Friday, September 20, 2002
The layoff of 130 Oregon State Patrol officers has been rescinded — at least temporarily.
On Wednesday, the fifth special session of the Legislature ended with a budget package that could forestall the $8.8 million in cuts to the OSP budget proposed by Gov. John Kitzhaber.
“The restoration of the OSP jobs is something we all (legislators) worked together on and I’m grateful we were able to save them,” said Rep. Patti Smith, R-Corbett.
However, if the $301 million three-year income tax increase proposed by the elected body is denied by voters at a special election on Jan. 13, then the state’s leading law enforcement agency could find itself facing the same staffing cuts.
“We’re very relieved right now because these layoffs would have just devastated our operations here,” said Lieutenant Michael Davison, commander of The Dalles field office that serves Wasco, Hood River and Sherman counties.
The OSP agency in the Gorge stood to lose half of its 16 troopers under Kitzhaber’s plan to close a $482 million budget gap. Davidson said the proposal was particularly onerous since it followed a $10 million reduction already absorbed by the OSP this year.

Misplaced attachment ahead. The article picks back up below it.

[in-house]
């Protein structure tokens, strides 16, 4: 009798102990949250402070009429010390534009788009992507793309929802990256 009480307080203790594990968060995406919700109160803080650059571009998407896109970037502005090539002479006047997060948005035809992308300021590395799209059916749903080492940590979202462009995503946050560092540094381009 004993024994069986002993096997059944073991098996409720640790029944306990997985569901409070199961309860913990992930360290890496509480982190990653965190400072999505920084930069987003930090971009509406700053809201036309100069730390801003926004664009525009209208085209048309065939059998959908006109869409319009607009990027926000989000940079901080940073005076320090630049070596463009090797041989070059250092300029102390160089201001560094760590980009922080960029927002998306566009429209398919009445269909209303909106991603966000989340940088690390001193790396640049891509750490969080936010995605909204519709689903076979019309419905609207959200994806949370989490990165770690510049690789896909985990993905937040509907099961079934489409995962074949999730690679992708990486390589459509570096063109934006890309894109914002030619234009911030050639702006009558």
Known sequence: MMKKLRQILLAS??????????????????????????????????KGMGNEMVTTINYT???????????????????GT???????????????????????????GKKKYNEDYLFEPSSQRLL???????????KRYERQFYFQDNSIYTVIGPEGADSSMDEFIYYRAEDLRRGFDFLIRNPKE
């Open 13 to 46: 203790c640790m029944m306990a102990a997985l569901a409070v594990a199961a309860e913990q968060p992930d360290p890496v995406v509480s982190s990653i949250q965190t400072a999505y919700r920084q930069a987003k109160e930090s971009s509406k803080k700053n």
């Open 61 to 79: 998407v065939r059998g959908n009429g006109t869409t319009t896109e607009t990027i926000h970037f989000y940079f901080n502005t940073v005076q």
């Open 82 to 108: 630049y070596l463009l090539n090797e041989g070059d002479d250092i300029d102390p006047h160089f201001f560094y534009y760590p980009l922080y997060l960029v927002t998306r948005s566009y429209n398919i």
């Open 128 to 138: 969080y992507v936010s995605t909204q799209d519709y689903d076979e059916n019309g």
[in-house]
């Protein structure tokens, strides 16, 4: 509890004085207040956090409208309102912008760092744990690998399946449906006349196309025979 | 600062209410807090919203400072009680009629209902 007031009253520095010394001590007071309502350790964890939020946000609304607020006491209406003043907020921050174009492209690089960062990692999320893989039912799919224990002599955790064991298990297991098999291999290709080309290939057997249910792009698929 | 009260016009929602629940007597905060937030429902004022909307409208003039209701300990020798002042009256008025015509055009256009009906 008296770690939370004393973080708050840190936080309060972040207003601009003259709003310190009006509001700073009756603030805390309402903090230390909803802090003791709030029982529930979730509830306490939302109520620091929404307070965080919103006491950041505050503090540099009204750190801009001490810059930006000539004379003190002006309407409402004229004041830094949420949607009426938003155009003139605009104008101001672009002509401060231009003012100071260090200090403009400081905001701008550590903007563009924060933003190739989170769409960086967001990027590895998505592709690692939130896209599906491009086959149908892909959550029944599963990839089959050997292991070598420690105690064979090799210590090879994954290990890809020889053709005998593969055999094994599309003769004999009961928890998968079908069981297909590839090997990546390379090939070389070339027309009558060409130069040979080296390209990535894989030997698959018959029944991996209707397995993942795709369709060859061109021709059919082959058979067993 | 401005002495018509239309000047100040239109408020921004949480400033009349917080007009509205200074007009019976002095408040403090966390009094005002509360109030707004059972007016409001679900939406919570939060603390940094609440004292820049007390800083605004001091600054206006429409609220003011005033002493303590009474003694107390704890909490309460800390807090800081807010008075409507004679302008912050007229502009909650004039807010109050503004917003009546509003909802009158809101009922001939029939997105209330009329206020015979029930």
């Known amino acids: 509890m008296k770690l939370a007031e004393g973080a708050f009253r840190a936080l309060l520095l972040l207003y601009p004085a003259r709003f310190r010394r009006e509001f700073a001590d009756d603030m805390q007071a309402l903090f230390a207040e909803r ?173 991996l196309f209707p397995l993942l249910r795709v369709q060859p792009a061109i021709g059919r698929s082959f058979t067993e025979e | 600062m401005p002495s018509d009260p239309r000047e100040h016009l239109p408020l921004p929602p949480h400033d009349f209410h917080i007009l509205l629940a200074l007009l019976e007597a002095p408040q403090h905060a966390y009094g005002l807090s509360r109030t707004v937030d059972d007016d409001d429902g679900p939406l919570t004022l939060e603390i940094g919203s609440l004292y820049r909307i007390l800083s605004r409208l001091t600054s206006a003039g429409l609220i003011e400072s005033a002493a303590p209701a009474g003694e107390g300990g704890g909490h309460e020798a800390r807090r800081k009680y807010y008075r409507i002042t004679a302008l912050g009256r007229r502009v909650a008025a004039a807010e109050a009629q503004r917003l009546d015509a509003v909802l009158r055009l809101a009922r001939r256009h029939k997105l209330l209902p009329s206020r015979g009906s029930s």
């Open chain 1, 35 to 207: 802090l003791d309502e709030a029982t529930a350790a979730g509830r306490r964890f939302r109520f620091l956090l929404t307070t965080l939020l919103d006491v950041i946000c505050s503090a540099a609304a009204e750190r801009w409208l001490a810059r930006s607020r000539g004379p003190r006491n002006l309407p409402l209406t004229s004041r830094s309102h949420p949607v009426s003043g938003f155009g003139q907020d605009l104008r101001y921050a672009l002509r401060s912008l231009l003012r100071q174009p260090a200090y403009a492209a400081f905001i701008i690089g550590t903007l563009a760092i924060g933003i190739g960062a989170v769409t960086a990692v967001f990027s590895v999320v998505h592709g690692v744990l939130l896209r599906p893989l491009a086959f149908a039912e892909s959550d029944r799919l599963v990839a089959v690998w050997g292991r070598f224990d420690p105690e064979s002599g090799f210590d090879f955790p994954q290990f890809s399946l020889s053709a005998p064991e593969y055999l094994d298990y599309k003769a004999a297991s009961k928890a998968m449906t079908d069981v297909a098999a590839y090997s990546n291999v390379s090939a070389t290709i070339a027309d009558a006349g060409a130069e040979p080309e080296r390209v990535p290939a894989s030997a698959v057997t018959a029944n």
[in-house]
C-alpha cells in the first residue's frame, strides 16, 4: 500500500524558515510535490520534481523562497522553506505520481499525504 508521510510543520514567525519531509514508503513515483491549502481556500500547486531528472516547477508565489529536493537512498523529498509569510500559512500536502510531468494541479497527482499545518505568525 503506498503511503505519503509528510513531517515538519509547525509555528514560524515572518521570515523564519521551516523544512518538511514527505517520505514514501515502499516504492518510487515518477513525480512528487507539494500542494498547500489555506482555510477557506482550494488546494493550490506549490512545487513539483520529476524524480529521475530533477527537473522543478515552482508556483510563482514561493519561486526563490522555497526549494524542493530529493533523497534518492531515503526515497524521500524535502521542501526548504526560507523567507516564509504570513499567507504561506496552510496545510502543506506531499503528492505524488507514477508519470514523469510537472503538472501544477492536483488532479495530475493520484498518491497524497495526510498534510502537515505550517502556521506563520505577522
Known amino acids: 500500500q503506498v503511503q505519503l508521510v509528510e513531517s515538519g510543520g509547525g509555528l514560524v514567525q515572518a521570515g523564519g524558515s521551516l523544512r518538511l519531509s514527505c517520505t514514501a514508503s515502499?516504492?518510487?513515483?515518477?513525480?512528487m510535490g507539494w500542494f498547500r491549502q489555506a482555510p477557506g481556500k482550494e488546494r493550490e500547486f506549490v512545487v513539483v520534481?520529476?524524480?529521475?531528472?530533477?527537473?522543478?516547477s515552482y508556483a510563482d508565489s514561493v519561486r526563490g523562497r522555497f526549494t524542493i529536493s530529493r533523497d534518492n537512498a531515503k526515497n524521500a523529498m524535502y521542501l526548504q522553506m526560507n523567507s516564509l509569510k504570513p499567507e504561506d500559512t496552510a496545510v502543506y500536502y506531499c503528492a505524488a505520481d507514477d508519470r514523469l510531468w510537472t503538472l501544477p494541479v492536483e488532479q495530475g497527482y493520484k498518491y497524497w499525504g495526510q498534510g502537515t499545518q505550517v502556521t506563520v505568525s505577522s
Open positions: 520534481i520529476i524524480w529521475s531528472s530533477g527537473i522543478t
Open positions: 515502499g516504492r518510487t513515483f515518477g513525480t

The statewide layoffs were slated to take place on Oct. 1 and Davidson had warned Hood River law enforcement agencies that patrols along Interstate 84 and other area state highways would be reduced and there would be longer response times to calls for help.
Hood River County Sheriff Joe Wampler and Police Chief Tony Dirks expressed concerns about meeting the safety needs of the community without OSP backup.
Davidson said the current reprieve is greatly appreciated but the future could see the same grim scenario unfolding.
“This is kind of a wait and see situation and a lot is going to be riding on the voters,” he said.
Smith said if the tax increase is denied, the legislature will seek to stop cuts to OSP in the regular budget setting session which begins on the same day.
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Lawnmower torches Arbor Vitae on Portland Drive
The riding lawn mower driven by Norma Cannon overheated and made contact with dry arbor vitae owned by Lee and Norma Curtis, sending more than a dozen of the tightly-packed trees up in flames. The mower, visible at far right, was totaled. No one was injured; neighbors first kept the fire at bay with garden hoses and Westside and Hood River Fire Departments responded and doused the fire before it reached any structures. Westside Fire chief Jim Trammell, in blue shirt, directs firefighters. The video was taken by Capt. Dave Smith of Hood River Fire Department. Enlarge